Eventually, the search for hydrocarbon in the North has yielded result with the inauguration of oil drilling in the Kolmani Integrated Development Project, at the Kolmani oil field site, Alkaleri in Bauchi State. Kolmani Oil Fields, actually, spread between Gombe and Bauchi states in the North east belt of the country. This is coming 63 years after the natural resource was first drilled in Oloibiri, Bayelsa State. A visit to this pioneering community will sure rein in the exhilaration so far on display on account of the presence of oil in the North.
However, with the commencement of operations, Nigeria is expected to tap into the one billion barrels of crude oil from the first reservoir of the Kolmani oil fields and oil exploration could reach 19 billion barrels of crude with the discovery of more reservoirs. The country will also reap over 500 billion standard cubic feet of gas from the first reservoir with prospects for higher volumes of gas.
The field, according to its promoters, is to start producing about 50,000 barrels of crude oil per day and holds over one billion barrels of crude oil reserves, shooting up Nigeria’s oil reserves to over 38 billion barrels.
This development is generating considerable excitement not just in the North but in other parts of the country as well. The reason is not far-fetched. The natural resource is a major wealth enhancer for nations endowed with it except, unfortunately, Nigeria.
Already, President Muhammadu Buhari, while flagging-off the drilling project, announced that the discovery has already attracted a whopping $3 billion investment despite the lack of appetite in the oil sector.
The interesting part of the story is that the managers of the nation’s oil and gas industry may have learnt a lesson or two on how best to explore and exploit to the fullest the benefits of the commodities, that is to say, oil and gas, so as not to repeat the disaster that is oil exploration in the Niger Delta.
Also, there are media reports of admonitions from high profile personalities warning against a repeat of the environmental degradation that has devastated other places in the country where oil and gas were first discovered.
There are also reports that the Nigerian National Petroleum Corporation Limited (NNPCL) has plans in the first phase of the project to put in place an oil refinery, a gas processing plant, a 300-megawatt power plant and a fertilizer plant producing 2,500 tonnes a day.
In the opinion of this newspaper, if these are achieved, the multiplier effect in terms of infrastructural development, environment protection, job creation and impact on the nation’s Gross Domestic Product (GDP) will be enormous.
There are others, too, who are apprehensive that not much will change from what obtains presently in the Niger Delta. Or even for that matter, the rest of the country and the people in general who are not benefitting as they should from the goodies accruable from the resource. For these set of Nigerians, they cite the pervasive poverty in the land, the dilapidated infrastructure, high level of unemployment as evidence that oil in Nigeria may, after all, be a curse because the country was fairing relatively better before oil was discovered.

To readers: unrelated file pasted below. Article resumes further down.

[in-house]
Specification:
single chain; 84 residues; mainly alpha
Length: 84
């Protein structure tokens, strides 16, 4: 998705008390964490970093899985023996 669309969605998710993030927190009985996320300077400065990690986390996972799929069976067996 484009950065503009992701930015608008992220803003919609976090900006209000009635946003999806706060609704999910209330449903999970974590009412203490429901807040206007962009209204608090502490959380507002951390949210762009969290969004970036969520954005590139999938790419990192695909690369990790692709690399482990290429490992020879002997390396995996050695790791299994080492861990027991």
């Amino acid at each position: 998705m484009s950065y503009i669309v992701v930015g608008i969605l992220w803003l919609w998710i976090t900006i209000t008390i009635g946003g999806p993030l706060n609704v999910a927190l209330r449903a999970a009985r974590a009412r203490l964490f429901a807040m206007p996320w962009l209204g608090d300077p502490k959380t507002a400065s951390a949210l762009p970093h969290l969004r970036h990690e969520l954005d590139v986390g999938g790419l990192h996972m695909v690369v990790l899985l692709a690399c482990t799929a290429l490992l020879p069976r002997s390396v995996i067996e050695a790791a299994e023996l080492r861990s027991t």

Actually, a government agency recently raised an alarm that 133 million Nigerians are multidimensionally poor. Earlier, the international community had described Nigeria as the poverty capital of the world. This, in spite of the fact that the country is the eight largest oil producer in the world. The also cite the fact that even with refineries dotting the landscape, Nigeria still imports refined petroleum products. To this extent, industry watchers are expressing guarded optimism over the discovery of oil in the North based on experiences of how the sector is, so far, managed in the country
In the opinion of this newspaper, there is nothing much to cheer with the discovery of oil in the North. The resource will still be controlled by the same cartel that has held a vice-like grip on the industry and denied Nigerians, in the process, the benefits they had expected to derive from being citizens of an oil producing country.
We are persuaded to make reference to other countries that are even less endowed and how they have managed to use the resource to improve the lot of their people. For Nigerians, not much has been done for the people in this regard by the ruling class. Instead, by-products of oil like premium motor spirit (PMS) aviation fuel (Jet-A1) and diesel are all priced locally based on international market operations.
We are still battling with the scourge of oil theft perpetrated by the rich and mighty in the society who have the financial muscle, political clout and international connection required to pull off such high-risk ventures. These same set of people are waiting in the wings for Kolmani to come on stream.
Regardless of the antics of these buccaneers, we are hopeful that the government and the agency in charge will do the needful in terms of changing the narrative in favour of Nigerians. In particular, the soothing effects of the fresh opportunity nature has just offered the nation with the discovery of oil in the North.